China, Digital Coin and the Formerly Foreign Few

Even the most prestigious journals, purporting a global perspective, continue to ask such ludicrous questions as "What can the West offer Chinese Banks"?. They worry that with the current state of western finance, Chinese banks will stick to their domestic market for now rather than use their huge cash reserves to bail out western currencies.

How much longer will the press persist in this silly narrative based on national boundaries and vertical expressions of sovereignty as if they were still a useful framework for understanding human financial affairs.

In this day and age, almost any use of the word 'domestic' when discussing world trends should be challenged.

Take the so-called Arabian Spring for example. It epitomizes the transition away from vertical towards horizontal perceptions of loyalty.

With every passing month, more people are applying this new perspective to the realms of banking and finance and, with it, their awareness of how the current use of money is sucking all the world's wealth upwards into an inverted funnel towards fewer and fewer communities of obscene wealth and privilege.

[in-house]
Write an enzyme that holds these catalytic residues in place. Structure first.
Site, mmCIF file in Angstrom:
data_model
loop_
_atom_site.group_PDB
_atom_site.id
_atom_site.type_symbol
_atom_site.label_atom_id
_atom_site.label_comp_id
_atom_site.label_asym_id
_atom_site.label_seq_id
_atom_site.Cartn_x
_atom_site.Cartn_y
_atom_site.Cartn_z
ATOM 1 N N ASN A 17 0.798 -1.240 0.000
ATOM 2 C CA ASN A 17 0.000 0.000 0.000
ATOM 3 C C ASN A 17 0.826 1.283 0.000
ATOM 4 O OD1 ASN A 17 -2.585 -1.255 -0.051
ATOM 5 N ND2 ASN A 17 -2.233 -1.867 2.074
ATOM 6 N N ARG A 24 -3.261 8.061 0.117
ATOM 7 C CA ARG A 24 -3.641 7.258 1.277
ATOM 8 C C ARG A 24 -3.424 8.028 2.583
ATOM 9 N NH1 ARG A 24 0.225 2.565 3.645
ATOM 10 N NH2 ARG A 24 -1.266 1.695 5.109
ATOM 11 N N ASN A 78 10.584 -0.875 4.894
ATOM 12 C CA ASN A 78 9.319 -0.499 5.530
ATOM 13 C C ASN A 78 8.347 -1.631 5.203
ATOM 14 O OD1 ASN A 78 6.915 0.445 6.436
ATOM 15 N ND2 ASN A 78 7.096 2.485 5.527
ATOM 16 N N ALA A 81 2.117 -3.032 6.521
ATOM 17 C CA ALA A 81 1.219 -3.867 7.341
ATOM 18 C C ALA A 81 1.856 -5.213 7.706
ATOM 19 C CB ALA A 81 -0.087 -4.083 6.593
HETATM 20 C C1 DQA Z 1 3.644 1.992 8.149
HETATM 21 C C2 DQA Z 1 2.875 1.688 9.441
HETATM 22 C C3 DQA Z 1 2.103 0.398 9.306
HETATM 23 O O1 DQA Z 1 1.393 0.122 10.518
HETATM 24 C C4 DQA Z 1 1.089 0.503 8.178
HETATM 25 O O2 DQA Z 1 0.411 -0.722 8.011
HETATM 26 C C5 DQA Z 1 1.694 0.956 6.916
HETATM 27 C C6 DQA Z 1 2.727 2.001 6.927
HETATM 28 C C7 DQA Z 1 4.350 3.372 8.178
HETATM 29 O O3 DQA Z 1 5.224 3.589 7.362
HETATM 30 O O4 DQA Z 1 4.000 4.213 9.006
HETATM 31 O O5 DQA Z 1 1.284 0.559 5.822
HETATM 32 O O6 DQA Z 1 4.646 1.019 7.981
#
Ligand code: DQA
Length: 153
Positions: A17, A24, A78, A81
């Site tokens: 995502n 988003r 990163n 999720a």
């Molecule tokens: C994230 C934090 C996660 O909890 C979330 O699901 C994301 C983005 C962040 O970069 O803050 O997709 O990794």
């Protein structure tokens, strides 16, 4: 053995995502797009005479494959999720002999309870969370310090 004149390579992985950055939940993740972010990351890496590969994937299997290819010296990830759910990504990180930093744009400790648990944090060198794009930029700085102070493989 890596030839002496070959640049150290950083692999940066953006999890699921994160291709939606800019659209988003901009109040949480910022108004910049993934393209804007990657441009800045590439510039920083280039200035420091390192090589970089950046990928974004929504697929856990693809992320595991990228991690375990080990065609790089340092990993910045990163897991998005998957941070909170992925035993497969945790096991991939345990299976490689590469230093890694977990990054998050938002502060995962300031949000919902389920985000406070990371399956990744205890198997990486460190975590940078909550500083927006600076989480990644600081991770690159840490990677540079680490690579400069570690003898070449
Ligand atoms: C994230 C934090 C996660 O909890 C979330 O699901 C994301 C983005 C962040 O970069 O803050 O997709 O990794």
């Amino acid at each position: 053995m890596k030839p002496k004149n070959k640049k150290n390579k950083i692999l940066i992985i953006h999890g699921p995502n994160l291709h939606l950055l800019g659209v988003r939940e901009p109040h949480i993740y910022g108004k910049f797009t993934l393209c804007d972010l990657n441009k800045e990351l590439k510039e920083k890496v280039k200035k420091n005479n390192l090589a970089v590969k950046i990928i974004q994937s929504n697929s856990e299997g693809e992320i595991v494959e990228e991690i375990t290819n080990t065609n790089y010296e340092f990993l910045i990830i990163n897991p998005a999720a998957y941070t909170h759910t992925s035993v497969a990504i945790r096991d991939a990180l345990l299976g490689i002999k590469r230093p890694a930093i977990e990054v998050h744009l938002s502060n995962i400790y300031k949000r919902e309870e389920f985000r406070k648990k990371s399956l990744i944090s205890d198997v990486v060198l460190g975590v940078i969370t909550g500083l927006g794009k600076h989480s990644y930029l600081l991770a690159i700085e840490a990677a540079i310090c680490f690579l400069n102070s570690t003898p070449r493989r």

I would be interested in hearing from any readers of this blog on whether you have already converted some of your personal capital into Bitcoins or some other form of digital currency outside the control of the current banking and insurance conglomerates.

Given the technical proficiency needed to host and administer this emerging alternative, it seems likely that China and other massively productive economies might be the ones to adopt and push digital coin towards critical mass. There is no better way to parley the Arabian Spring into a truly Global Economic Awakening?

Any economy that produces and grows real goods and services, as opposed to he fraudulent virtual derivatives typical of western banking, will have all it needs to begin using digital coin in a disciplined way to value and exchange those same real goods services.

With the vision and nerve to be early adopters, emerging economies could forever step outside the vicious mantra of IMF extortion: "Trap them with compound interest, milk them until endemic default, then transfer ownership to a few ('foreign') friends."

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